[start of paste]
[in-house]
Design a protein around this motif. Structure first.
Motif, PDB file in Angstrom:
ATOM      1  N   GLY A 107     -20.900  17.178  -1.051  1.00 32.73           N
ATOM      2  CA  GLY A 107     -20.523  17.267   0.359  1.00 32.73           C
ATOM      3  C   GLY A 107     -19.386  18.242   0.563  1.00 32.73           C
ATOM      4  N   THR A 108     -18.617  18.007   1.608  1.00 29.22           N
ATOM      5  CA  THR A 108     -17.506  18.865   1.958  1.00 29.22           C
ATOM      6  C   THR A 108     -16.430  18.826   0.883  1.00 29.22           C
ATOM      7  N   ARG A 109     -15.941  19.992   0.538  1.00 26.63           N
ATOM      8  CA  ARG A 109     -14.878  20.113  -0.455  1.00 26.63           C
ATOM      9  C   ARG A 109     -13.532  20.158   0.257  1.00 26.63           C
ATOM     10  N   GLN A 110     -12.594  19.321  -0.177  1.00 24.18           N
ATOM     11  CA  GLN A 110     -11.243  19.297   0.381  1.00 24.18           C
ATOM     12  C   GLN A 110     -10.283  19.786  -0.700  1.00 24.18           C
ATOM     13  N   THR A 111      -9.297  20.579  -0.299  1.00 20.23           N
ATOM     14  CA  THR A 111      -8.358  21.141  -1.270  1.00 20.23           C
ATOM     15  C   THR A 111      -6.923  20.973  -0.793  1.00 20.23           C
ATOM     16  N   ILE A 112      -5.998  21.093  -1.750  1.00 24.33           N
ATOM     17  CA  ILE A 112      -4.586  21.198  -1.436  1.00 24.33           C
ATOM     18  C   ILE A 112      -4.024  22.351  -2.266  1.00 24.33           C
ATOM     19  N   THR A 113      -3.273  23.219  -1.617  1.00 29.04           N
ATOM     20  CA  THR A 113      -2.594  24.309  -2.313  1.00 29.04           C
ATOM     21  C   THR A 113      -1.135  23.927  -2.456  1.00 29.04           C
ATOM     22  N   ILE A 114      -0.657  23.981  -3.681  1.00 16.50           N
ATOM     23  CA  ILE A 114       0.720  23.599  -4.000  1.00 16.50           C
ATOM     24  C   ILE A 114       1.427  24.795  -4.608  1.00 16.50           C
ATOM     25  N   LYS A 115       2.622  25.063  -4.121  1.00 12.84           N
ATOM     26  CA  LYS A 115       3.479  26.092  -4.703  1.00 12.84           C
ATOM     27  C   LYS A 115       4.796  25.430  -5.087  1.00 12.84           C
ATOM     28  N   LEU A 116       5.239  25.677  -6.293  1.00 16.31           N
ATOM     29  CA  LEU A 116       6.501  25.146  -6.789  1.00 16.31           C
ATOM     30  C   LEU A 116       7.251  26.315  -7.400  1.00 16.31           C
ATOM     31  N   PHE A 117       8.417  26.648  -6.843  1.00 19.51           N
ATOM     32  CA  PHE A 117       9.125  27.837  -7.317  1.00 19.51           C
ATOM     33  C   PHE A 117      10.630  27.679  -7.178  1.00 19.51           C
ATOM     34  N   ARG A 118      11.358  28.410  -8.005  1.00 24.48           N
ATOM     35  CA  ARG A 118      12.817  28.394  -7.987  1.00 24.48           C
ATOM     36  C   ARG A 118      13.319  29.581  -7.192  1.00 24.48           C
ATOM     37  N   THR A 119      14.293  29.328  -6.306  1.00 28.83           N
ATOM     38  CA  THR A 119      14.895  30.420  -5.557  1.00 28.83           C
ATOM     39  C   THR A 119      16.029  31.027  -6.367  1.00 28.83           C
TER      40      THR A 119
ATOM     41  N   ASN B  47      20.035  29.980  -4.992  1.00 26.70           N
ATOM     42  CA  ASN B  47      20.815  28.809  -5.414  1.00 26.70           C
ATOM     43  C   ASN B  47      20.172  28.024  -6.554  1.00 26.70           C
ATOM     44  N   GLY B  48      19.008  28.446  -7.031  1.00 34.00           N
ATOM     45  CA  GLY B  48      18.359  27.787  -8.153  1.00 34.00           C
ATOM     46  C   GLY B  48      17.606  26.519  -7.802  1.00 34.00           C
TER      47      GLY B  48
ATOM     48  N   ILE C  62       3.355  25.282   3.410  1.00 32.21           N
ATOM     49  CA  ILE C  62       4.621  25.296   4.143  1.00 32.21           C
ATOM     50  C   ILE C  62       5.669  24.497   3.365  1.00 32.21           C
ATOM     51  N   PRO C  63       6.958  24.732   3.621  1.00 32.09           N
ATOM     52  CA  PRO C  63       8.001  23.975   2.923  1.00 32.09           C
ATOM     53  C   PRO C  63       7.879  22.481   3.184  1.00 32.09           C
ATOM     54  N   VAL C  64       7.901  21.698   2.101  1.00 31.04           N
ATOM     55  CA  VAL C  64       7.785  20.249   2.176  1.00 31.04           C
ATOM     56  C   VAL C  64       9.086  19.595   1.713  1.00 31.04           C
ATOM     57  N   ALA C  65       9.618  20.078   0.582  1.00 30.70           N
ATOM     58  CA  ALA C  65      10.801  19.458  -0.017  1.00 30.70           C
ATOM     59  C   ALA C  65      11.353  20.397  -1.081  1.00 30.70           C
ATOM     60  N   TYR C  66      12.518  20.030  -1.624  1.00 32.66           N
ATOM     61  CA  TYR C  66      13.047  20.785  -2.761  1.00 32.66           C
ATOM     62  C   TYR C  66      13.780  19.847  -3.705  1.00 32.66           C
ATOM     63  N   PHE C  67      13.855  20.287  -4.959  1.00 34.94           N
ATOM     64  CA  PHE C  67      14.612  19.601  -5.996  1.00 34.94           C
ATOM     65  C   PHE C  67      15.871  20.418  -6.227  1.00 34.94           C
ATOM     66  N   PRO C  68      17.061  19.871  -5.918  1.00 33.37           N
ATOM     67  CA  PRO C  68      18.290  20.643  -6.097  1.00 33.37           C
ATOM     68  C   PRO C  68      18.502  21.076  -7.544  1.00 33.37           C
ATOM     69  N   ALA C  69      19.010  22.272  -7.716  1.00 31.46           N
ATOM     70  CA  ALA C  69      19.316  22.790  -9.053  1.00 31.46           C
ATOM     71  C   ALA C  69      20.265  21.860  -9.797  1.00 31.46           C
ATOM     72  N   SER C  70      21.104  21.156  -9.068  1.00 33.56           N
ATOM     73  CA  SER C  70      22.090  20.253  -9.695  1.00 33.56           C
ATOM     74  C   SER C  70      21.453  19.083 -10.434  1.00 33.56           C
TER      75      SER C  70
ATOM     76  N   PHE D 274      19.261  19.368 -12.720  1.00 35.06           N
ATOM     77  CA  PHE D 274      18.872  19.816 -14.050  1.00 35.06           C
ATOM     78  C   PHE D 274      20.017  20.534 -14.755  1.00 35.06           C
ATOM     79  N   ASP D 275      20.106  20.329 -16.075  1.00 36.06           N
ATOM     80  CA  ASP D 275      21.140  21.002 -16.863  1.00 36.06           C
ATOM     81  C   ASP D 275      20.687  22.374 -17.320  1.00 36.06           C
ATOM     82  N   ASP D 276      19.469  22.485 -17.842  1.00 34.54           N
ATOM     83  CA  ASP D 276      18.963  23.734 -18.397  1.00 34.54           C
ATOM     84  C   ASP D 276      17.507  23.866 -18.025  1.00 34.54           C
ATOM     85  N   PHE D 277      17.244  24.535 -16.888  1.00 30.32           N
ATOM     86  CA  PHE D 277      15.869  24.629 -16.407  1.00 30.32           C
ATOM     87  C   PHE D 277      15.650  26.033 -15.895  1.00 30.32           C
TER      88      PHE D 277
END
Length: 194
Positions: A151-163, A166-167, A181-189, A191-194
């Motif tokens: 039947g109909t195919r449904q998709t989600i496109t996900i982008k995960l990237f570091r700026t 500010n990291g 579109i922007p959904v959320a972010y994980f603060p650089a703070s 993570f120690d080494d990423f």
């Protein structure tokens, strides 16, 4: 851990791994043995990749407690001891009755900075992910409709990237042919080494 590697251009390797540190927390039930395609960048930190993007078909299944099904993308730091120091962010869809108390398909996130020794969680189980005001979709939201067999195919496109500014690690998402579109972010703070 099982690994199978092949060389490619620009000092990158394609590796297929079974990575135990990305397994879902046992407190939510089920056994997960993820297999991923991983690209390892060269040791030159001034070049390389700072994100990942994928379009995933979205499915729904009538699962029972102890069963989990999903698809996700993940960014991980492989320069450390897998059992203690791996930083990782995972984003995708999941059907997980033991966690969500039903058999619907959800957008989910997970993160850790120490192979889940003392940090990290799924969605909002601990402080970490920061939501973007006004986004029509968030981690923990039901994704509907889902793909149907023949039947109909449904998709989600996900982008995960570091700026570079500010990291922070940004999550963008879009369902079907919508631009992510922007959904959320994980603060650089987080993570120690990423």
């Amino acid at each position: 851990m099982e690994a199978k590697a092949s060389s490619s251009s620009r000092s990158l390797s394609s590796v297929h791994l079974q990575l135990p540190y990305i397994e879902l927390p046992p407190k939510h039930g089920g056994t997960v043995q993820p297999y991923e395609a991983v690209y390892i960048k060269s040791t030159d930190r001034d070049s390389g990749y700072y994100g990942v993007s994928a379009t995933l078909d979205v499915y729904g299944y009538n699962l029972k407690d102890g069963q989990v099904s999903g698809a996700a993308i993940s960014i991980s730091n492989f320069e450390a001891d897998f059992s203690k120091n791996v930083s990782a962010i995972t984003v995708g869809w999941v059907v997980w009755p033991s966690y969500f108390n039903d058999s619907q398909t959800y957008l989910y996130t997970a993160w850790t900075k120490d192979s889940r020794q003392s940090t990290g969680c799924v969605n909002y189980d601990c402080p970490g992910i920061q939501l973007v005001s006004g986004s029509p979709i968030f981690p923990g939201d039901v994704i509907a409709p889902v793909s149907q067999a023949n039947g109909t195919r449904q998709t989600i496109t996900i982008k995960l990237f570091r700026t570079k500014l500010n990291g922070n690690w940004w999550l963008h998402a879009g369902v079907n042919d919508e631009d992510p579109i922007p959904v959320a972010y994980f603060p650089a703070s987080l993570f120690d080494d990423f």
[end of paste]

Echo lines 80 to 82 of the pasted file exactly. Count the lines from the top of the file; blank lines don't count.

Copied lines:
ATOM     77  CA  PHE D 274      18.872  19.816 -14.050  1.00 35.06           C
ATOM     78  C   PHE D 274      20.017  20.534 -14.755  1.00 35.06           C
ATOM     79  N   ASP D 275      20.106  20.329 -16.075  1.00 36.06           N